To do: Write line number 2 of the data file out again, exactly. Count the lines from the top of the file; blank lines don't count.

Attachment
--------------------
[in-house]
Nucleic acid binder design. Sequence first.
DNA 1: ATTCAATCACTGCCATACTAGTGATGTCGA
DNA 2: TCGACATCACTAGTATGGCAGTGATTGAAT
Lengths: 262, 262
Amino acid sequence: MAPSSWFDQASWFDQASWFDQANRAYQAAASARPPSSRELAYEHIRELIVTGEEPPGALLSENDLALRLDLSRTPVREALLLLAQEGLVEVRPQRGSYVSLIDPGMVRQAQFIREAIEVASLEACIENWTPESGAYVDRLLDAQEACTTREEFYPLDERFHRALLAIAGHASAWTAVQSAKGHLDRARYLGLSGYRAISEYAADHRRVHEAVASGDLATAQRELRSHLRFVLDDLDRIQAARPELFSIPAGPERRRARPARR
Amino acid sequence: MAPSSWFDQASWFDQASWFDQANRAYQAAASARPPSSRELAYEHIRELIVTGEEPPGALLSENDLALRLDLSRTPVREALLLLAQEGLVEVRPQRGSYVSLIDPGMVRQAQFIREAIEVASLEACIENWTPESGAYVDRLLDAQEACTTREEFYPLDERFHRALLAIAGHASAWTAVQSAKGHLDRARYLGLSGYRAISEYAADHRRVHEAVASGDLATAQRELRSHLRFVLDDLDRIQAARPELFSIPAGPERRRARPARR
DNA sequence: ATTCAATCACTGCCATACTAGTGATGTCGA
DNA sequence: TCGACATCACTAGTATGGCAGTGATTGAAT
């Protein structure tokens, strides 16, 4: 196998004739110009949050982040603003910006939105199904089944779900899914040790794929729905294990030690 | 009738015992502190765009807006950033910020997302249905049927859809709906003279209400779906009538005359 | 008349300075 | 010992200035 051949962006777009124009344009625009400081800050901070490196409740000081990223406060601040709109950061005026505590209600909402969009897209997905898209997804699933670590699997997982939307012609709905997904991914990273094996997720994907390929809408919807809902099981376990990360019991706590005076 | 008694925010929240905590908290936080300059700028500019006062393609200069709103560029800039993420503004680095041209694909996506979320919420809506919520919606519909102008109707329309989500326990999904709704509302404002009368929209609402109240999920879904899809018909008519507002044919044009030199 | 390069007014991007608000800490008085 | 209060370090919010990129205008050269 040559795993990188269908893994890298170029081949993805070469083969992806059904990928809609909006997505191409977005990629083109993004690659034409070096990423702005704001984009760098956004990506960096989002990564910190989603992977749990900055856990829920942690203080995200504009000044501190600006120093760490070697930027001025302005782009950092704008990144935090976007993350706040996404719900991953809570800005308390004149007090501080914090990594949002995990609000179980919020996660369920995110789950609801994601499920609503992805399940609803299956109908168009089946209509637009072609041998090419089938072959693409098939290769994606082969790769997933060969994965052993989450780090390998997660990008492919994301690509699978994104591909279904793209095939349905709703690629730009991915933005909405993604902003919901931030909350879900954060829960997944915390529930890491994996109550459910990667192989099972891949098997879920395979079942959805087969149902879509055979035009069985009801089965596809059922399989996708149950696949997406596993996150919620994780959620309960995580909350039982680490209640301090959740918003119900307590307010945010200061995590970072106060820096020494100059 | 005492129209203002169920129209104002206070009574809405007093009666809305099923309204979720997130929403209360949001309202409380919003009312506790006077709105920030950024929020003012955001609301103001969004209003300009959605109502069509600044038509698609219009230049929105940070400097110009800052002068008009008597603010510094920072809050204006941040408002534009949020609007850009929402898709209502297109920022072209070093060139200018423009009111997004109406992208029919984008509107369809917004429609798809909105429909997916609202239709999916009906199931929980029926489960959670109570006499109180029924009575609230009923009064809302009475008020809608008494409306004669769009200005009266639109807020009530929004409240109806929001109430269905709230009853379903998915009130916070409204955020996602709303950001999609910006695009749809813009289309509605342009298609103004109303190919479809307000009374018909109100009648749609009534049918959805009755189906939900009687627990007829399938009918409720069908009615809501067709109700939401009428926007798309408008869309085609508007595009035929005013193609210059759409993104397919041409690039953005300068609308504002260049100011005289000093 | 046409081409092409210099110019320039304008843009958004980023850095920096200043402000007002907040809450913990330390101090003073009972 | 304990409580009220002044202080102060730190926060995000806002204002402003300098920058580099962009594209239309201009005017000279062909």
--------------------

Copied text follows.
Nucleic acid binder design. Sequence first.